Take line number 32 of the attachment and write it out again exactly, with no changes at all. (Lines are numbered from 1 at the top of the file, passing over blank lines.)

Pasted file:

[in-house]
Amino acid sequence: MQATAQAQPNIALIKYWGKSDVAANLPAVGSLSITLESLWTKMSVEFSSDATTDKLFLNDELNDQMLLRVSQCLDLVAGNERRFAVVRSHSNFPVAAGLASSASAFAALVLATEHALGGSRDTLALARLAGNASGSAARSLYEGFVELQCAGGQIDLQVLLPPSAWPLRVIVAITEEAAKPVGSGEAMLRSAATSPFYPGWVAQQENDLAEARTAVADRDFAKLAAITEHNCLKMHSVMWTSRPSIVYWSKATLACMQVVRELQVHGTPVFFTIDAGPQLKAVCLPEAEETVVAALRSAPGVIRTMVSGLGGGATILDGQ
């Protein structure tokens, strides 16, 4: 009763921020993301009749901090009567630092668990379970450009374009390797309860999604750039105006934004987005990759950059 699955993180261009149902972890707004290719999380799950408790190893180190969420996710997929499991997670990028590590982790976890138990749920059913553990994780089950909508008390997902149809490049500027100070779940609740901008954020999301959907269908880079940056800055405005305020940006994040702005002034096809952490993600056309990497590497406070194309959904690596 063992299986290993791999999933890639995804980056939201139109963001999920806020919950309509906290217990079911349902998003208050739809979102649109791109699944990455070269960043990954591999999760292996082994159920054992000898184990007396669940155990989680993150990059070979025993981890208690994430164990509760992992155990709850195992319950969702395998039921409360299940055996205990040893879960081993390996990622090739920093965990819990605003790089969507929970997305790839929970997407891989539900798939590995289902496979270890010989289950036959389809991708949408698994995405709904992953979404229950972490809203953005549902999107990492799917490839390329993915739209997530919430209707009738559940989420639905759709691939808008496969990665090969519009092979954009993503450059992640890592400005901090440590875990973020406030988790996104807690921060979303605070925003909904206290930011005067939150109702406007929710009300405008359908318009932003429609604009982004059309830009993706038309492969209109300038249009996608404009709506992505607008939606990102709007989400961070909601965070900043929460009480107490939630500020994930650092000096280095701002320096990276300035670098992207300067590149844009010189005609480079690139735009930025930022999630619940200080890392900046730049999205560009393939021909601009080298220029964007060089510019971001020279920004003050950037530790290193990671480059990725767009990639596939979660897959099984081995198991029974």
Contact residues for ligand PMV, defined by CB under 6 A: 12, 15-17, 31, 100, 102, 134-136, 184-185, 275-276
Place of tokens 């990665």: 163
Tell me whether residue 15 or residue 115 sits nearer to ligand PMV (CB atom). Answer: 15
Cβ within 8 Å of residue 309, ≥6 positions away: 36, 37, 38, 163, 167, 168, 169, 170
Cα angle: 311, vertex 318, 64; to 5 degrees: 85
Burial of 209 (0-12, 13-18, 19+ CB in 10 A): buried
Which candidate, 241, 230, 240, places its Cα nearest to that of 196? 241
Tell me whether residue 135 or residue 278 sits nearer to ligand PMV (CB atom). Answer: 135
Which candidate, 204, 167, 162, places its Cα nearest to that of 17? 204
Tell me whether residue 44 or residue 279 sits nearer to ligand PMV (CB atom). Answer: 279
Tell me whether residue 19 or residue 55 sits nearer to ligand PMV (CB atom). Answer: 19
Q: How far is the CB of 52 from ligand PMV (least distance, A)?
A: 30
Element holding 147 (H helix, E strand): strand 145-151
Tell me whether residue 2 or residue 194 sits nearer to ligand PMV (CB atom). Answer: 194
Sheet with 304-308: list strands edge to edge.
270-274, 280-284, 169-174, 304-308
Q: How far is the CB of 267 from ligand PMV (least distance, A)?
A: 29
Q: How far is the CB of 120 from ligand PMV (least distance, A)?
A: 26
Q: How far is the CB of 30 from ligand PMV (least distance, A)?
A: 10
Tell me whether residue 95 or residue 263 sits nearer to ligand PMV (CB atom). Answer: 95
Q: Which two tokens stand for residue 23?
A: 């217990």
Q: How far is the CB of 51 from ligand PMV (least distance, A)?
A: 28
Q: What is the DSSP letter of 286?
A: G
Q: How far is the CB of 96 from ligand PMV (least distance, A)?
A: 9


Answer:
Q: What is the DSSP letter of 286?